I am honoured that my constituents of Kitchener Centre have chosen me, for the second time, to be their voice in Ottawa. I thank them and assure them that I will devote every ounce of my strength and every skill I possess to representing Kitchener faithfully in this House. I also very much appreciate the support of my wife and family, my great campaign team, and all the friends and neighbours who put my signs on their lawns.
I rise today in support of the Budget tabled by the Honourable Finance Minister.
In all of human endeavour, there is no more complex undertaking than the preparation of a budget for the proper governance of a modern nation. It is the place where lofty ambitions collide with cold realities. The place where some compelling priorities win out over other equally compelling priorities. The place where a serious mis-step can ruin, or at least injure, the legitimate financial interests of millions of citizens. Crafting a budget is a complex and challenging task.
In a Parliamentary democracy it is even more difficult. We were elected as Government based upon commitments made to the Canadian people. The damage to confidence in democratic institutions is incalculable when governments renege on their commitments for anything short of catastrophic change of circumstances. We must be true to our word.
Yet other parties were elected because those who support them had other priorities. Can we give due consideration to the priorities of the Opposition? Can we just compromise for the sake of compromise, reneging on our commitments to Canadians? To ask that question is to answer it.
What are the unshakeable commitments our Government made to Canadians?
First and foremost, we've promised to protect the jobs on which Canadians across this country depend. As I went door to door, my constituents made plain to me that was their chief preoccupation. Some were just getting back to work after the recession. Some were still searching for work. Young Canadians. Older Canadians. All were cautious in their optimism about our economy.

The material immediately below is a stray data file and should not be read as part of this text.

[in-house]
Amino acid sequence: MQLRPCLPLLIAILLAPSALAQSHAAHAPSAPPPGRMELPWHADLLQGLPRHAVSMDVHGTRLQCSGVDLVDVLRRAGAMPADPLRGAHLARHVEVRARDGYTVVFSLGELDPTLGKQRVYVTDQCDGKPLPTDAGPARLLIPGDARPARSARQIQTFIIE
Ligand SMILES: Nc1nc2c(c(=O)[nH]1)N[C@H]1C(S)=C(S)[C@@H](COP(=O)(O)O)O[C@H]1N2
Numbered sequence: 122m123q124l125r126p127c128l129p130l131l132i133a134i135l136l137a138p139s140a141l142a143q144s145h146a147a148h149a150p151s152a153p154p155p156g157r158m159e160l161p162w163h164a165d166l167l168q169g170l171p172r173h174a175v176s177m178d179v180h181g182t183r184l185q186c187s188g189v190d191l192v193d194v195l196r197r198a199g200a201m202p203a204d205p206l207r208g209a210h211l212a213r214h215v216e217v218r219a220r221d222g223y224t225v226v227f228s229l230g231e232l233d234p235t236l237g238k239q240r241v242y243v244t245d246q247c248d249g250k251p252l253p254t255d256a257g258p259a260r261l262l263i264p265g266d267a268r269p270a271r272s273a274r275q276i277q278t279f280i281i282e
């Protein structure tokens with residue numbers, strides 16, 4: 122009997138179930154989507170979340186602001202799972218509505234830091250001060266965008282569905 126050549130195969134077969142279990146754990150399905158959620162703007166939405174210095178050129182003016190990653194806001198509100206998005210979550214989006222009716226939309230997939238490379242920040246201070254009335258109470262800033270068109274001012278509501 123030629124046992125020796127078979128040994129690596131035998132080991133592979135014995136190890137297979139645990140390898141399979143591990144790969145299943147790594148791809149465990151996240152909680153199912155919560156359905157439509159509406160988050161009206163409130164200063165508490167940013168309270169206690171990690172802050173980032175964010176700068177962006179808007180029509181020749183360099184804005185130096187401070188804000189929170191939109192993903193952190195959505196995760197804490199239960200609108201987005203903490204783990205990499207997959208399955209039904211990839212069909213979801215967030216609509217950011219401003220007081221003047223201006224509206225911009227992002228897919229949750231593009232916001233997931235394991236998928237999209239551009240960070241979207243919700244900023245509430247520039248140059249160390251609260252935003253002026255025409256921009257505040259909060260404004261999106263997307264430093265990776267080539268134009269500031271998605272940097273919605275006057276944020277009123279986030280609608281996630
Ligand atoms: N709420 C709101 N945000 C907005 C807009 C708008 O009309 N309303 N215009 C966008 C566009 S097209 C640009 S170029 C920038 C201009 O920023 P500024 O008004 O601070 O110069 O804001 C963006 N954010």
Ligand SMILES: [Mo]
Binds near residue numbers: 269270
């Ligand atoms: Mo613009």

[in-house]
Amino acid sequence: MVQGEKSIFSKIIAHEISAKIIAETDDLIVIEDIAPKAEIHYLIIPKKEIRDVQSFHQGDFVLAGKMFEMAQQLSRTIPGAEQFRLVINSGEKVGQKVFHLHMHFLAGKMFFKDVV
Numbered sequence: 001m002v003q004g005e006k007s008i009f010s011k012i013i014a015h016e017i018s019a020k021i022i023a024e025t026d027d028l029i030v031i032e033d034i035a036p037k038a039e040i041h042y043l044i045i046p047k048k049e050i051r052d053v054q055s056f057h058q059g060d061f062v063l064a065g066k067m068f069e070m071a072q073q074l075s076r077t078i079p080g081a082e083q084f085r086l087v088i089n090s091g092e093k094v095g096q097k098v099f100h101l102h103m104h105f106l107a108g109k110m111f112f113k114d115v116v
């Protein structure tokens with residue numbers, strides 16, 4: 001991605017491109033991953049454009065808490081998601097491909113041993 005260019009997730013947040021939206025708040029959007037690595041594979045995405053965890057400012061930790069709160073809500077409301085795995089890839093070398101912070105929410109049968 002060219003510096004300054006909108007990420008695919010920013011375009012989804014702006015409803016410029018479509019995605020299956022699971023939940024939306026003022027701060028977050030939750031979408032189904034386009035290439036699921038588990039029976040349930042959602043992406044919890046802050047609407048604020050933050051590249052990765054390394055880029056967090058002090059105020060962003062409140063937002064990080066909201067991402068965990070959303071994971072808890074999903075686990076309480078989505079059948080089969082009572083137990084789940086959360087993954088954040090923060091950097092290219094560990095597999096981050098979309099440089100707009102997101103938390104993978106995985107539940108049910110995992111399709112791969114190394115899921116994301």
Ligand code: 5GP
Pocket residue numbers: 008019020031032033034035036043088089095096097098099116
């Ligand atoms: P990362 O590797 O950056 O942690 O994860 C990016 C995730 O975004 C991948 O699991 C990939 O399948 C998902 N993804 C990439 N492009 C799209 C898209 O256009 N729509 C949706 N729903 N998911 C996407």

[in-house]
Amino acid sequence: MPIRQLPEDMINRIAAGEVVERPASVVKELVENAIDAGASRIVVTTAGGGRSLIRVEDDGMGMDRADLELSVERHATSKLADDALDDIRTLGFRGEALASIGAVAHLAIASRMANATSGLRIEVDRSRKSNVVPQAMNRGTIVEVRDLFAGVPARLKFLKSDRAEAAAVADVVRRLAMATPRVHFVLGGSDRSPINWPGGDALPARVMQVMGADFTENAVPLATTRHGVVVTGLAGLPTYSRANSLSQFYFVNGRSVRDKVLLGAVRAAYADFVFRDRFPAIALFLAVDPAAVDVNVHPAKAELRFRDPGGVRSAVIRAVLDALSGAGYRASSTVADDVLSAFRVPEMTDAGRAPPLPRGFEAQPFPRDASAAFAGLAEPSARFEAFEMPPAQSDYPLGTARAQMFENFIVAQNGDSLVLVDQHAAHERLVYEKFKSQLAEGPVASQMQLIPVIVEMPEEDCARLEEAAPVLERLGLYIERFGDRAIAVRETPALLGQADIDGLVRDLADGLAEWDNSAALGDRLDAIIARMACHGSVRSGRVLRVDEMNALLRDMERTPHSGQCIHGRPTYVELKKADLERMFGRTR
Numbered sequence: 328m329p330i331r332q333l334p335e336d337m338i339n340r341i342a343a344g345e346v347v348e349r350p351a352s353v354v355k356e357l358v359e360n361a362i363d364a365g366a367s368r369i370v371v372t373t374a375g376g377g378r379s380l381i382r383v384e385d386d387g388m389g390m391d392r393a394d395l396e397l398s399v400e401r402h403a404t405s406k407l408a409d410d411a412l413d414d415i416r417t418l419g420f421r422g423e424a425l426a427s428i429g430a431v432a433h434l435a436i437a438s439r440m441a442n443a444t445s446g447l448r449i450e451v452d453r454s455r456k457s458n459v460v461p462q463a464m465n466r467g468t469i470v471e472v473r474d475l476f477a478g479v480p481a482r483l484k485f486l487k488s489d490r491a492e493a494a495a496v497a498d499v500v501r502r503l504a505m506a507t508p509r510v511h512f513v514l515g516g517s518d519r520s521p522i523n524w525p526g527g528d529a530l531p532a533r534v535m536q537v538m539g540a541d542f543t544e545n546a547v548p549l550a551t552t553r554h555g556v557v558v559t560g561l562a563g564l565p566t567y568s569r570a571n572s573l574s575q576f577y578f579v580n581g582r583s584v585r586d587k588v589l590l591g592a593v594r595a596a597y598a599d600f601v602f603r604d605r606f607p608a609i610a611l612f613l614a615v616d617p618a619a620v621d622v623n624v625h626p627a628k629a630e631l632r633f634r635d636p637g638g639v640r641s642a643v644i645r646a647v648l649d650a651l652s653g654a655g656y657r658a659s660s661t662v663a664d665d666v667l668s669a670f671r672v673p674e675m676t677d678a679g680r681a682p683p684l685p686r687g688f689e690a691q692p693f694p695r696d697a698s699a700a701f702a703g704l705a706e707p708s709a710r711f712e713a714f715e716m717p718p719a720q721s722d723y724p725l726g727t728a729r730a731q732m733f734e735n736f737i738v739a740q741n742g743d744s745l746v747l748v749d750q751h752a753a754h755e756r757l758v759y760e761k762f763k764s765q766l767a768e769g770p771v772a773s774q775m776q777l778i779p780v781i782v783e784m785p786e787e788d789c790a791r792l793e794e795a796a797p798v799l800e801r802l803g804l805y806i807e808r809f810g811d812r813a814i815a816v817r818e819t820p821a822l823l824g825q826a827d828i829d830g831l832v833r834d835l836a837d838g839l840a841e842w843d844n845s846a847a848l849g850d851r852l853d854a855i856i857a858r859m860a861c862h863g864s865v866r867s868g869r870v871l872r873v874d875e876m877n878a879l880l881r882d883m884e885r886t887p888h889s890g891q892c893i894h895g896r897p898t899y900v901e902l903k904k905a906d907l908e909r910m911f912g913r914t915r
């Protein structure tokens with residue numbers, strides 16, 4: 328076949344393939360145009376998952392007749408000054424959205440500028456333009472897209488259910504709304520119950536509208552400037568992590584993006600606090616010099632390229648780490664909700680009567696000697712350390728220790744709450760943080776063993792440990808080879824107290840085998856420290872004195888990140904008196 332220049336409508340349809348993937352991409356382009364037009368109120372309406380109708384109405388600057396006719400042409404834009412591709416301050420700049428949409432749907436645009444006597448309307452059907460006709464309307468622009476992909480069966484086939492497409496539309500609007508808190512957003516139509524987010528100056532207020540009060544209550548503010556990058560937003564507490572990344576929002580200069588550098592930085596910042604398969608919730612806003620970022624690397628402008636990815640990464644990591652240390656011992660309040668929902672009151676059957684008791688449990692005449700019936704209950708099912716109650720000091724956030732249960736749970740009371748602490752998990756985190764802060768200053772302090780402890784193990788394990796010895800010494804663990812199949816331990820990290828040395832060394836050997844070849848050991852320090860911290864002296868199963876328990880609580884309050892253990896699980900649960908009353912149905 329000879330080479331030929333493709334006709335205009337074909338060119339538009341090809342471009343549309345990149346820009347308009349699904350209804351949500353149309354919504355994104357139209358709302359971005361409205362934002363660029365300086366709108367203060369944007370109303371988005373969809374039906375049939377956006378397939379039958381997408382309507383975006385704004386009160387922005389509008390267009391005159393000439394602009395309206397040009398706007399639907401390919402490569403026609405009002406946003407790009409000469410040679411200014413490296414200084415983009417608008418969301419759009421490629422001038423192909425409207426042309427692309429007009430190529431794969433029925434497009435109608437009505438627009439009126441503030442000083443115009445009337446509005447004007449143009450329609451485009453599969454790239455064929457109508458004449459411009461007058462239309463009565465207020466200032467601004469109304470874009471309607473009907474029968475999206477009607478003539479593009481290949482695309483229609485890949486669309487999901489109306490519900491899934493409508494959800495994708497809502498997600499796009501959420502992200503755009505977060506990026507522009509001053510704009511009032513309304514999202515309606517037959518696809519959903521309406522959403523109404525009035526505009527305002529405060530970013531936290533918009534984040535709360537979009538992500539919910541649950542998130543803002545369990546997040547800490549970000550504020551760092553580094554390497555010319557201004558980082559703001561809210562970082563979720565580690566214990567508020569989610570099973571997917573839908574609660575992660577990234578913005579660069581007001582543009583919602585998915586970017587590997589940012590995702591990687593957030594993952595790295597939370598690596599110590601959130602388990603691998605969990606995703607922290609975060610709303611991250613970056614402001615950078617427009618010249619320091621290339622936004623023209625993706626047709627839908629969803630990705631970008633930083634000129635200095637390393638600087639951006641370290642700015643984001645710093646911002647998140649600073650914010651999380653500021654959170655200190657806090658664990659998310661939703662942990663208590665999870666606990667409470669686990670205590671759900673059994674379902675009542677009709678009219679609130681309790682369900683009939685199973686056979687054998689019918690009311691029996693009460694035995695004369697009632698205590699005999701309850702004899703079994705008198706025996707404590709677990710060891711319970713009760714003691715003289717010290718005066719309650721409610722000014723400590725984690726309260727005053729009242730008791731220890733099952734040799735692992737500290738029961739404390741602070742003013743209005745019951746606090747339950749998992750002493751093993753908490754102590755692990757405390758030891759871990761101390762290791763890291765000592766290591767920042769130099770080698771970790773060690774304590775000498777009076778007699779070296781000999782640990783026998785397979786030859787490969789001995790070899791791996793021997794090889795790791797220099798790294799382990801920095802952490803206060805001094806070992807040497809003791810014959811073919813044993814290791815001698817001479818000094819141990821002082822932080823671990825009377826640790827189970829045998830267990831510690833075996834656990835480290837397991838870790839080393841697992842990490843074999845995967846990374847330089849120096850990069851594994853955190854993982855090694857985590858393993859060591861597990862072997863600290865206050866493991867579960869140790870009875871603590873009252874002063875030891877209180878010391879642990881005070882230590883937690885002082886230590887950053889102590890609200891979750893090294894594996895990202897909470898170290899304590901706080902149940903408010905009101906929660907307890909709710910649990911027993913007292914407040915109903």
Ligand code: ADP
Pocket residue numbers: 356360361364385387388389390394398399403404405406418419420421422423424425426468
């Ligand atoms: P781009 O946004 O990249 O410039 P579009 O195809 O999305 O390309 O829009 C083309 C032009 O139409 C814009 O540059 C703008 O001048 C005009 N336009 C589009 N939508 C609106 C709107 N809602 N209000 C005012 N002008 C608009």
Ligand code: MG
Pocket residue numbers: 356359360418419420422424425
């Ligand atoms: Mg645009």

Canadians have a right to be cautious. Canada led the world in job creation. We did that with one of the lowest debt to GDP ratios. But elsewhere around the world circumstances are less favored. Nuclear disaster in Japan. Debt crisis across the European Union. Uprisings in the Middle East. And unbelievable debt and deficits in the United States. Canada is an island of stability in an ocean of uncertainty.
As a trading nation we are not immune from global currents. Canadians have a right to temper their optimism with caution. Our government has a duty to address those concerns.
Our budget offers a small business hiring credit to encourage job creation. We're extending the accelerated capital cost allowance for machinery for 2 additional years - to assist manufacturers in Kitchener Centre and across the country. We're reviewing the "Best Fourteen Weeks" and the "Working While on EI" pilot projects for one year - to give relief to Canadian families. The budget includes $20 million for the Canadian Youth Business Foundation's support of young entrepreneurs.
This budget's job creation measures also support a cleaner energy economy. This includes renewed investments totaling almost $100 million over 2 years in clean energy and energy efficiency research.
I'm especially pleased that this budget also delivers $400 million more for the EcoEnergy for Home Retrofit Program. I pressed hard for this program, which combines job creating retrofits with green house gas reducing energy efficiencies.
But our long-term economic health depends on more than just immediate job creation.
It also depends on expanding our corporate revenues by lowering our corporate tax rate. A simplistic view might consider that the idea of reducing the tax rate contradicts the idea of expanding the corporate tax base. In the real world, it's no contradiction. Studies have shown that lower tax rates will induce corporations to book their profits in Canada, creating more revenue than we lose through lower rates.